I laughed uncontrollably.

Light

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The garden was alive. Birds were singing merrily, bees were buzzing around the blooming flowers but I wasn’t interesting. I could see the beauty of it from my back door and the way the sunlight caused a cast of shadows against the walls and flagstones.

The air was heavy with flowers, grass, damp earth and somewhere a faint hint of burnt toast. No doubt from one of my neighbours who was rushing through breakfast. I hadn’t eaten, couldn’t face the idea of food yet. I had a few sips of water and that was enough for the moment. Later, I would have a cup of tea and a biscuit.

There was nothing  wanted to do today. TV was a boring old friend, going on about the same problems. The radio was a drone of sounds that washed each other out. The birds would start to annoy me soon, they seemed too happy, too caught up in spring joy.

Why couldn’t I be as happy as them? What did they do that made then feel so good?

I stepped outside, feeling the sun like hot bath water around me. The sky was a crystal blue, too pure to be real. The flowers were too brightly coloured. They swayed in the breeze as if nodding to each other. Bees visited the blooms and carried pollen away, they large fuzzy bodies cute like children’s TV characters.

I breathed deeply and sat down in a somewhat abandoned plastic garden chair.

I didn’t want to live in the shadows anymore, the light was so much better.

Juramentrum #AtoZChallenge (Part 2)

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Juramentrum – oath

Siegfried breathed deeply and smelt the nature drifting his way. It was mid spring and everything was waking up after the long dark winter. He could smell something sweet, maybe flowers hidden from sight in the grass that covered the rocks. There was a damp earthy smell from soil that had found its way into the cracks of the rocks.

The river smelt of nothing but has he dipped his fingers into the water, Siegfried felt the coldness and smoothness of the flow. Removing his hand, he took a few sips of water from the waterskin.

He didn’t have to worry about steering the boat, it was making its own course as if being pulled along by unseen hands. The boat was also small enough to pass by and over any threatening rocks. It was a good boat. His brother, Hrothgar, had done an excellent job.

One of the old dogs yawed and Siegfried twisted to look at them. They were settling down again. Grey heads resting on the edge of the boat and their bodies curled together for warm. They looked peaceful and not worried.

Siegfried grabbed one of the furs and threw it over them. He could trust his dogs sense of things and if they weren’t worried about any danger then nor should he. It was growing colder though.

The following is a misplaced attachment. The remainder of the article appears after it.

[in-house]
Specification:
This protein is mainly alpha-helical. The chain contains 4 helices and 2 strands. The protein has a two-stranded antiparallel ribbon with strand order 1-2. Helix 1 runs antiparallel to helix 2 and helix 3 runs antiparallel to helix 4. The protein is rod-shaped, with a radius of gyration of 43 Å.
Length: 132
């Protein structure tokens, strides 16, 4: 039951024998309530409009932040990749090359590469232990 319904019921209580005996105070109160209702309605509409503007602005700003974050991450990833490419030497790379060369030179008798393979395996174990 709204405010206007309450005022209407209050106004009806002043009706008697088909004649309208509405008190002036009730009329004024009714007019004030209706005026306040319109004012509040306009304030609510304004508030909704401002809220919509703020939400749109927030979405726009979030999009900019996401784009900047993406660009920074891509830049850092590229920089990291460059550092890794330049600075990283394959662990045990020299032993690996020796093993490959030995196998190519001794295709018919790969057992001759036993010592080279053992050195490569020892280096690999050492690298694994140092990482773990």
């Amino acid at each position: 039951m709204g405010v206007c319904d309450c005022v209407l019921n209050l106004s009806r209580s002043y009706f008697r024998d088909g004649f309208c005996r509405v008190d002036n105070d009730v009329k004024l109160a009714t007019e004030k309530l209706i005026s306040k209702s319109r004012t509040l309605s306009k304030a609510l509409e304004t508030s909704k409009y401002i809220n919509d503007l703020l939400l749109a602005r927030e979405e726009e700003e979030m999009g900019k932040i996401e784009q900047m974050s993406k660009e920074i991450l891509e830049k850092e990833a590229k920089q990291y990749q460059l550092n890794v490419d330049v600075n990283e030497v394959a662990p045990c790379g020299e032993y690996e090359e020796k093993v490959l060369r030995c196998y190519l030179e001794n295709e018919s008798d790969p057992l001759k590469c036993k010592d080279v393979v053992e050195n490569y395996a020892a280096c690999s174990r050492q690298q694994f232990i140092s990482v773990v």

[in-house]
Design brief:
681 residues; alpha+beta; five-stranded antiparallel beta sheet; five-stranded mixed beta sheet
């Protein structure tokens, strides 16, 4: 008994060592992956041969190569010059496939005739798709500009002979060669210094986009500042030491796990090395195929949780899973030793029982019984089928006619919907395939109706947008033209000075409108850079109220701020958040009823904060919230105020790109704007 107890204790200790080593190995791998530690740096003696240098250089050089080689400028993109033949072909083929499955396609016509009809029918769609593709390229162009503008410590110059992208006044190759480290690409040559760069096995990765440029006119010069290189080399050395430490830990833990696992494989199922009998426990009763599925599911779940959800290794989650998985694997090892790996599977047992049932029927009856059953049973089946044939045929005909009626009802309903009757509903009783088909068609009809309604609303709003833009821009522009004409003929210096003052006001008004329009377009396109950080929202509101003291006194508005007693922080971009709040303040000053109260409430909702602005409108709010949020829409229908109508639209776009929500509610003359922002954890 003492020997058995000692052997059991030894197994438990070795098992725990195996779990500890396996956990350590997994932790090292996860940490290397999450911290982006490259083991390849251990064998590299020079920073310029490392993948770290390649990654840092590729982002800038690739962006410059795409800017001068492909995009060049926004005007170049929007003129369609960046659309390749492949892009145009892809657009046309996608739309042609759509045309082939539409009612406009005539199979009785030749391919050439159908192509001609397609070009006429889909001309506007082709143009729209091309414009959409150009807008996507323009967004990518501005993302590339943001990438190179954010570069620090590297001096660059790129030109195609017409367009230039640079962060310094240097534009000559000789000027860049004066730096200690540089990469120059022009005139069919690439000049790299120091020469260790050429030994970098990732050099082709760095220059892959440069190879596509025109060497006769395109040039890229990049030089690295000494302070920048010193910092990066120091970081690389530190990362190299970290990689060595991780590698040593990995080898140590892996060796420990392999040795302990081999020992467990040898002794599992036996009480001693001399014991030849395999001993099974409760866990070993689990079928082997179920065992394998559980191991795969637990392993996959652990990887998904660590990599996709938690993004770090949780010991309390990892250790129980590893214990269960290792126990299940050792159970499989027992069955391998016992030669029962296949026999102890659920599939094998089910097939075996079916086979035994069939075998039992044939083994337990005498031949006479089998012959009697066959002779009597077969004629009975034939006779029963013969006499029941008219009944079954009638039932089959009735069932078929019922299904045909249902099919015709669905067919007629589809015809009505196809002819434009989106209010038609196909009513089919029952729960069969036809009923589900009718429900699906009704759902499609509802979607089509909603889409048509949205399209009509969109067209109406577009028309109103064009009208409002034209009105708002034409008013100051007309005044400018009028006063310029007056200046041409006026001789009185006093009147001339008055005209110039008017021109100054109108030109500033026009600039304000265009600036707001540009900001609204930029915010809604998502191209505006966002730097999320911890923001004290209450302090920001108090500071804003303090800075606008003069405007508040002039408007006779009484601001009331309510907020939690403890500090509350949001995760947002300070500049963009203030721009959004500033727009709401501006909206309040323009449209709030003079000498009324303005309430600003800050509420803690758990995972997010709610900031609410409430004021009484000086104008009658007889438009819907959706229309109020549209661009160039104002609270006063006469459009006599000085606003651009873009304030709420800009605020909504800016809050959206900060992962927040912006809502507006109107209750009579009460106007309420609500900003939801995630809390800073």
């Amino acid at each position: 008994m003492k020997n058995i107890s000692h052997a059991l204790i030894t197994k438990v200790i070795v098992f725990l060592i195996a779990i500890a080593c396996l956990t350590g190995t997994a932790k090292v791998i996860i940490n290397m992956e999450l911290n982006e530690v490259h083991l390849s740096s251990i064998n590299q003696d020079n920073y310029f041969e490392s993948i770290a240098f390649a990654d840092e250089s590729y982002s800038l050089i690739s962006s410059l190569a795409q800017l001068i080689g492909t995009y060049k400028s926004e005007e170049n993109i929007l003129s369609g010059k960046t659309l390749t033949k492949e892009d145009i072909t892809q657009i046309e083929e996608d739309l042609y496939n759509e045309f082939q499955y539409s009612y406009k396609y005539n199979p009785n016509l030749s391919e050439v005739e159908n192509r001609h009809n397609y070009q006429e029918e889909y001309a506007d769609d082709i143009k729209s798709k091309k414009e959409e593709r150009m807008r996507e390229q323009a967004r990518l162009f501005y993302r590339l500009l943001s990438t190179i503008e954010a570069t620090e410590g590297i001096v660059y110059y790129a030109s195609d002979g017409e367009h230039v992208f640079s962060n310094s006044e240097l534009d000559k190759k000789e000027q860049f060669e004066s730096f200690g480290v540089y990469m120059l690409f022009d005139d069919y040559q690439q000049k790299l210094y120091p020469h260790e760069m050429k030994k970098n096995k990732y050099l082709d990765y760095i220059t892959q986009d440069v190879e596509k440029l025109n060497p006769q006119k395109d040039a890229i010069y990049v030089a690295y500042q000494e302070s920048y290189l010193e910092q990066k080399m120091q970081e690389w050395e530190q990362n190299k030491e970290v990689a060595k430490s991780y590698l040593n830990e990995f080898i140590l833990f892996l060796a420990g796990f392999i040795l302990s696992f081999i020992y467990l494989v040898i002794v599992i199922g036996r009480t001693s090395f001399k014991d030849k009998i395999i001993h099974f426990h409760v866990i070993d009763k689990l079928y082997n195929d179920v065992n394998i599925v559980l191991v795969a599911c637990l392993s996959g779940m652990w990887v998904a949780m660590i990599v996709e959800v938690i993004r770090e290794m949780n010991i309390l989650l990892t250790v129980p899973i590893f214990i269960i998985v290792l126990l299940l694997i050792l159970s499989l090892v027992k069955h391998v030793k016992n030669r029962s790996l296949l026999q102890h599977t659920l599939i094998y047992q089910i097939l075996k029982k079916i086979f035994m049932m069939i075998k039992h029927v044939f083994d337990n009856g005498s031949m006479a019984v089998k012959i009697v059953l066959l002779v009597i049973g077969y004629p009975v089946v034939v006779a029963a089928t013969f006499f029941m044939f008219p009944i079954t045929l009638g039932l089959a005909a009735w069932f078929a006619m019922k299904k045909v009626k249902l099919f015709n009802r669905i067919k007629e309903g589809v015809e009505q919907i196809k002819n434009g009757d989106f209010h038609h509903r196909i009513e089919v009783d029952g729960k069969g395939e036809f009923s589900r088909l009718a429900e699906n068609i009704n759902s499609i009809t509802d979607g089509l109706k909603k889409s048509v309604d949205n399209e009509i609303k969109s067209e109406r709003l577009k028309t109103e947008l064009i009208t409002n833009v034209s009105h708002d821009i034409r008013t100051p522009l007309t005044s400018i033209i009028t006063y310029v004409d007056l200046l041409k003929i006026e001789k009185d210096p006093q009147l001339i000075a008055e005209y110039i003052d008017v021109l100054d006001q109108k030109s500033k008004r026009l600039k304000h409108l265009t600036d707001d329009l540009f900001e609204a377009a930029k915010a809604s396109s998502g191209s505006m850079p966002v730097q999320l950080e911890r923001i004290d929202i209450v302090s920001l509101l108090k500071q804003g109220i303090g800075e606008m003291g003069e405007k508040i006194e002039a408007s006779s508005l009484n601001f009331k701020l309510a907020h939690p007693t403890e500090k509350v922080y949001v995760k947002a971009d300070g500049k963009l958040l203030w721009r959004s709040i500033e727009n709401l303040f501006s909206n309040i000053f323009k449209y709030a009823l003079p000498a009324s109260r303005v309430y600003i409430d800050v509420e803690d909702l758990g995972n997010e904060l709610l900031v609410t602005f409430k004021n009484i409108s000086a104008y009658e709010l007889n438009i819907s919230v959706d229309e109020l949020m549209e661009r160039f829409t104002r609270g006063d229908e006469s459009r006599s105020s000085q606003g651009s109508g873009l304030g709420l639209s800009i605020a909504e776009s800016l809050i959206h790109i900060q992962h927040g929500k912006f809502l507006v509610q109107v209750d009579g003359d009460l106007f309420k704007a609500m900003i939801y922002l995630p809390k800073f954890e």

Grabbing a fur for himself, Siegfried drew it around his shoulder and noticed how dark it was getting. The height of the gorge was blocking out the warm sun and casting everything into darkness the further you entered in. Soon, he wouldn’t be able to see.

Searching in the boat’s hull, Siegfried found a lamp and lit it. Carefully and slowly, he crawled to the front of the boat and placed the lamp into its place. Going back to his seat, he found another lamp, lit it and placed it beside himself. Clutching the oar in one hand and his sword in the other, Siegfried was swallowed by darkness.

An icy wind swept down and Siegfried smelt snow in the air. It was normal of winter to hold on has long as he could and he found hiding places where the sun couldn’t find him. Siegfried hoped the river was frozen and that it didn’t start snowing. Just in case though, he threw another fur over the dogs and pulled a large one onto his head.

Siegfried might be a mighty Viking but he was old now and felt the cold stiffen his bones more and more.

Perhaps, I should have waited till the summer? he thought.

Shaking his head, Siegfried got the oar back out and began paddling again. He’d rather meet the ice sooner rather than later. A few small flakes of snow landed in his beard and boat. The darkness pressed deeper down, everything had been blocked out above him as if the gorge had a roof.

Not stopping, he rowed faster, not liking the darkness and the gathering cold.

‘This can’t go on for much longer,’ Siegfried muttered, ‘how you doing back there dogs?’

There was a muffled moan and Siegfried glanced over his shoulder but he couldn’t see the back of the boat. The light from the lamps was hardly anything but he was grateful to not be in total darkness.

He turned his face up, looking for glints of blue sky. His oar hit something hard, probably just a rock, he felt the vibrations going through his arm. Nothing to worry about. He padded faster, not liking this at all and feeling uneasy in his gut. Telling himself there had to be an end to this soon spurred him on.